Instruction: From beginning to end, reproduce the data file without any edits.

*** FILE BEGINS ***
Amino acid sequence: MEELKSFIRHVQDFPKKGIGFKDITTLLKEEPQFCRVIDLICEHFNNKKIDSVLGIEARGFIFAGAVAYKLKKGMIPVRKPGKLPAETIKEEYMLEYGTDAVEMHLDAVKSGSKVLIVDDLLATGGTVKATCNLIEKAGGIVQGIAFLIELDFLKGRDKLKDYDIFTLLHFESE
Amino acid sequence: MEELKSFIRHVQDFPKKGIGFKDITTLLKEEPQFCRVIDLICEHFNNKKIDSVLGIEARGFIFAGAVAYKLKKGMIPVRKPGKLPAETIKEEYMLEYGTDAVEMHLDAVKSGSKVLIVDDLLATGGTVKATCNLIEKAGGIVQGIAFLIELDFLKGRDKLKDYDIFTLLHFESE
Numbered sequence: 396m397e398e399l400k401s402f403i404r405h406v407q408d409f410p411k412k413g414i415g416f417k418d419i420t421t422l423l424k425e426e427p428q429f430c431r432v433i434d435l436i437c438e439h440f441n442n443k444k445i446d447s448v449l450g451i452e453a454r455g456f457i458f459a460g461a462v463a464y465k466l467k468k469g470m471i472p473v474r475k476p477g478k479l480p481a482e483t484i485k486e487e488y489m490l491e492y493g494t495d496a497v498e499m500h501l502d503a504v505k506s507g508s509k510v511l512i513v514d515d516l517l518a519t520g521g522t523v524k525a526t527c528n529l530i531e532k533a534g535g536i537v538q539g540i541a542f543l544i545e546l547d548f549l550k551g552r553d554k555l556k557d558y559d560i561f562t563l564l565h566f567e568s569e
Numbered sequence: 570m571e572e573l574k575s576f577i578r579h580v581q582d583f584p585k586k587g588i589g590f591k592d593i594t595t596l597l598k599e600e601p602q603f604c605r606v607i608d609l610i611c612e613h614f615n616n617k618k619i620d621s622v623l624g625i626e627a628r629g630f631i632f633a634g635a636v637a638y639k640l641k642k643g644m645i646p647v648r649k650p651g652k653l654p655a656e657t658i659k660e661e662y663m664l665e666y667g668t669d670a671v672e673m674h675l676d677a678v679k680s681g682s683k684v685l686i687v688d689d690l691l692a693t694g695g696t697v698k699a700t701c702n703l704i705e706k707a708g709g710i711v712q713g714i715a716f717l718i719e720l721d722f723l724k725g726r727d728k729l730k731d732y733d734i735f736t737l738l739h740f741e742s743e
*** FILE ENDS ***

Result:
Amino acid sequence: MEELKSFIRHVQDFPKKGIGFKDITTLLKEEPQFCRVIDLICEHFNNKKIDSVLGIEARGFIFAGAVAYKLKKGMIPVRKPGKLPAETIKEEYMLEYGTDAVEMHLDAVKSGSKVLIVDDLLATGGTVKATCNLIEKAGGIVQGIAFLIELDFLKGRDKLKDYDIFTLLHFESE
Amino acid sequence: MEELKSFIRHVQDFPKKGIGFKDITTLLKEEPQFCRVIDLICEHFNNKKIDSVLGIEARGFIFAGAVAYKLKKGMIPVRKPGKLPAETIKEEYMLEYGTDAVEMHLDAVKSGSKVLIVDDLLATGGTVKATCNLIEKAGGIVQGIAFLIELDFLKGRDKLKDYDIFTLLHFESE
Numbered sequence: 396m397e398e399l400k401s402f403i404r405h406v407q408d409f410p411k412k413g414i415g416f417k418d419i420t421t422l423l424k425e426e427p428q429f430c431r432v433i434d435l436i437c438e439h440f441n442n443k444k445i446d447s448v449l450g451i452e453a454r455g456f457i458f459a460g461a462v463a464y465k466l467k468k469g470m471i472p473v474r475k476p477g478k479l480p481a482e483t484i485k486e487e488y489m490l491e492y493g494t495d496a497v498e499m500h501l502d503a504v505k506s507g508s509k510v511l512i513v514d515d516l517l518a519t520g521g522t523v524k525a526t527c528n529l530i531e532k533a534g535g536i537v538q539g540i541a542f543l544i545e546l547d548f549l550k551g552r553d554k555l556k557d558y559d560i561f562t563l564l565h566f567e568s569e
Numbered sequence: 570m571e572e573l574k575s576f577i578r579h580v581q582d583f584p585k586k587g588i589g590f591k592d593i594t595t596l597l598k599e600e601p602q603f604c605r606v607i608d609l610i611c612e613h614f615n616n617k618k619i620d621s622v623l624g625i626e627a628r629g630f631i632f633a634g635a636v637a638y639k640l641k642k643g644m645i646p647v648r649k650p651g652k653l654p655a656e657t658i659k660e661e662y663m664l665e666y667g668t669d670a671v672e673m674h675l676d677a678v679k680s681g682s683k684v685l686i687v688d689d690l691l692a693t694g695g696t697v698k699a700t701c702n703l704i705e706k707a708g709g710i711v712q713g714i715a716f717l718i719e720l721d722f723l724k725g726r727d728k729l730k731d732y733d734i735f736t737l738l739h740f741e742s743e